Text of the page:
Gleaner Editors’ Forum | 'Willie Lynch phenomenon' holding back Jamaica, says PSOJ president
The permeation of the 'Willie Lynch phenomenon' is one of the main reasons why good governance is lacking in Jamaica, insisted Howard Mitchell, president of the Private Sector Organisation of Jamaica (PSOJ), during a Gleaner Editors' Forum yesterday at the newspaper's Kingston office.
The name Willie Lynch was made famous through its link to a letter believed to be written in the 1700s by William Lynch, a slave owner. In the letter, Lynch enlightened other slave owners about his secret method of controlling Negros, which was to influence blacks to fight against other blacks. He also explained that they were to be kept psychologically dependent on slave masters.
"Arising out of the slavery- Willie Lynch-colonialist experience, which was very pervasive in Jamaica, we built our political structure on that experience of client-patron relationship that says, 'I keep you and take care of you if you are a good boy. If you are a bad boy, you get strikes'. That is why some of us have played that role. I think that needs to change because it underpins our lack of independence and sovereignty," said Mitchell.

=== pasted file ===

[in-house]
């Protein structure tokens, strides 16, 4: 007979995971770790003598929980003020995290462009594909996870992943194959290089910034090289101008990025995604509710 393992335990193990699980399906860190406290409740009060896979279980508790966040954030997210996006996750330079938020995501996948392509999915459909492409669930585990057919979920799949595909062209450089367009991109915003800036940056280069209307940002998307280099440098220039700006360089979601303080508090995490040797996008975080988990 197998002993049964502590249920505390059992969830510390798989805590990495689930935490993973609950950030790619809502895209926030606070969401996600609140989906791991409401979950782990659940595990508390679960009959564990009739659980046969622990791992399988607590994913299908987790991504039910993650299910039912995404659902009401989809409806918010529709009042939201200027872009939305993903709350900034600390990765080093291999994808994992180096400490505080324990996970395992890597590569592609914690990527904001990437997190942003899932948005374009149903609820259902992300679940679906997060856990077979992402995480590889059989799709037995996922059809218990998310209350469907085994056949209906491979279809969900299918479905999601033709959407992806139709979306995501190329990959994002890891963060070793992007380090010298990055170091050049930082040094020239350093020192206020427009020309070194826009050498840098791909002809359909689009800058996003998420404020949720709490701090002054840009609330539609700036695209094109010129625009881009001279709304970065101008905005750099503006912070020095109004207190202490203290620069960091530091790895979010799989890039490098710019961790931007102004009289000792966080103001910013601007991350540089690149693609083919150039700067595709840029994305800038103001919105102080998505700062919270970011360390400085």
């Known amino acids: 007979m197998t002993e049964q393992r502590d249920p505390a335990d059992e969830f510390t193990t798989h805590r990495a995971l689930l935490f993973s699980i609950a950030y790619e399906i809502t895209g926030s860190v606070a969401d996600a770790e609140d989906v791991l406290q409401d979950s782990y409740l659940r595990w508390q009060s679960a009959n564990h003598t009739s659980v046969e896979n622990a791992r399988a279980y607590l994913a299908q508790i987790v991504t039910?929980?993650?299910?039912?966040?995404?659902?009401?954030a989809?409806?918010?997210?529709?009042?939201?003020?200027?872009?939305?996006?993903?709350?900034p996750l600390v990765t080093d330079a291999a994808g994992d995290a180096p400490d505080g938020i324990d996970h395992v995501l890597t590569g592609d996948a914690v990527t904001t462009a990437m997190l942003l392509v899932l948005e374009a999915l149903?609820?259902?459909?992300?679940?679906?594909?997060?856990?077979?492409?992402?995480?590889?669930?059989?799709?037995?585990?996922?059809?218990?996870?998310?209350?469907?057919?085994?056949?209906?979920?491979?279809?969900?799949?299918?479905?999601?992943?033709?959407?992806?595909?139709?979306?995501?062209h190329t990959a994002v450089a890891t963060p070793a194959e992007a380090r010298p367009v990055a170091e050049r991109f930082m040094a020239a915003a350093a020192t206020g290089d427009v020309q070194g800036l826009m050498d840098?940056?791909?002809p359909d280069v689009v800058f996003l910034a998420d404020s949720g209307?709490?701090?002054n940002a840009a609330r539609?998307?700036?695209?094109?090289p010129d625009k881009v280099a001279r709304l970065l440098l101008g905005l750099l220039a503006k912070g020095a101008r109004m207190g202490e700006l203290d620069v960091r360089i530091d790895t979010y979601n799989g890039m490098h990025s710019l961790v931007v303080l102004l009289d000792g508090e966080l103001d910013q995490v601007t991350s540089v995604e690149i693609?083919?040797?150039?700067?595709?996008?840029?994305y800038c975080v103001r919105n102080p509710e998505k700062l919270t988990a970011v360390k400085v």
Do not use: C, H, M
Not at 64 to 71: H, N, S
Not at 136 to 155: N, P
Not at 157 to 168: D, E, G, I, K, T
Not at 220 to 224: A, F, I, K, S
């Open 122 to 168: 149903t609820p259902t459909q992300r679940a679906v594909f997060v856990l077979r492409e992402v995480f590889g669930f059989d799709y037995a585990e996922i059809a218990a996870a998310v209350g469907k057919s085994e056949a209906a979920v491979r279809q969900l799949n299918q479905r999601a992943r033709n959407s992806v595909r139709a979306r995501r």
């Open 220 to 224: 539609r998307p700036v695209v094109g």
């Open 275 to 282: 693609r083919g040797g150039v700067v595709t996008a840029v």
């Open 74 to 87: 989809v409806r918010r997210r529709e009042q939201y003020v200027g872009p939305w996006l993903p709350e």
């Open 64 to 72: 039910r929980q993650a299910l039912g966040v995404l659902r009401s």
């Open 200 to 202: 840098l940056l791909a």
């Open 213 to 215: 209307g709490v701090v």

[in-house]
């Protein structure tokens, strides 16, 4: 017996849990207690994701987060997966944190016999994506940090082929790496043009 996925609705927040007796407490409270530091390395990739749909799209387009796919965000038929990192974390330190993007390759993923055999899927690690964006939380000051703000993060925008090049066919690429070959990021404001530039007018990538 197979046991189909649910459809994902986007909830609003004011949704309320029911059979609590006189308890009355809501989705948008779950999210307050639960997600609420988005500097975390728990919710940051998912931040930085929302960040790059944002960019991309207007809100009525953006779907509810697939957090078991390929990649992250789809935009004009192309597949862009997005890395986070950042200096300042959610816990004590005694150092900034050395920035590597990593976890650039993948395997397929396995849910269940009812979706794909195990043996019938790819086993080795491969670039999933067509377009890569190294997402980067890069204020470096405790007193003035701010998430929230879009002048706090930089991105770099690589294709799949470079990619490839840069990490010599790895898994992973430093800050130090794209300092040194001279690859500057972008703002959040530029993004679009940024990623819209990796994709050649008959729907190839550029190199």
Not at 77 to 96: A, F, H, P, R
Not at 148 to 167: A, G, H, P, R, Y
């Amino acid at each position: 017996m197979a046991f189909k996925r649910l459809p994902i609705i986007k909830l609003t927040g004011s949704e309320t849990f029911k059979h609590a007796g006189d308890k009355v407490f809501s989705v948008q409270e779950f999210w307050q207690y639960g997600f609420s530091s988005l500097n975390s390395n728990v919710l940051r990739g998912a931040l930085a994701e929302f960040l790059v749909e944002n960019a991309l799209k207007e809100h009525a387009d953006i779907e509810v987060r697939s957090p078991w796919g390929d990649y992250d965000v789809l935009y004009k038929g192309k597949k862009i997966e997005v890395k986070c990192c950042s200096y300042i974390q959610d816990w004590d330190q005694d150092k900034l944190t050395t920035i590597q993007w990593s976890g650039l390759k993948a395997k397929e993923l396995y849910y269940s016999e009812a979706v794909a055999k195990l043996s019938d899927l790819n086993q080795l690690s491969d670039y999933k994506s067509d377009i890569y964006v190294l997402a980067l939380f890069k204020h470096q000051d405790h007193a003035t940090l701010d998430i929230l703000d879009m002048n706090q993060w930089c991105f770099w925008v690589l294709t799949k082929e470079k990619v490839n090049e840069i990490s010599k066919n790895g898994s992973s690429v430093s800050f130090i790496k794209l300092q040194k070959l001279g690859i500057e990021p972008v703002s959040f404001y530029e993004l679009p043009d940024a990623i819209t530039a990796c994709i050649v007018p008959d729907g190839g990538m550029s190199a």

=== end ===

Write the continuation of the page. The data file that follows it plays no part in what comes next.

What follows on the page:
He continued, "Until we get rid of the notion of client-patron relationship, where you come and promise free education and free health if you vote for me, we won't have proper growth and development. We need to change those notions because that is what is holding us back. We have thrown the good out the window and have taken up the bad. What we have to do with our cultural experiences is keep them in front of us and understand why we behave how we behave so we can modify our behaviour to achieve objectives."
Alvin Wint, lead independent director with the National Commercial Bank Financial Group, told the group of journalists and editors that "Jamaica's economy has performed very, very poorly, and this is largely a result of poor governance across several sectors, led by poor governance at the political system level."
However, Wint added, "I think that that is improving because in the last five years, although we have the client-patron issues, we have seen a situation where both political parties have said that we are trying to break with the tradition of simply saying we are doing whatever will result in short-term benefits."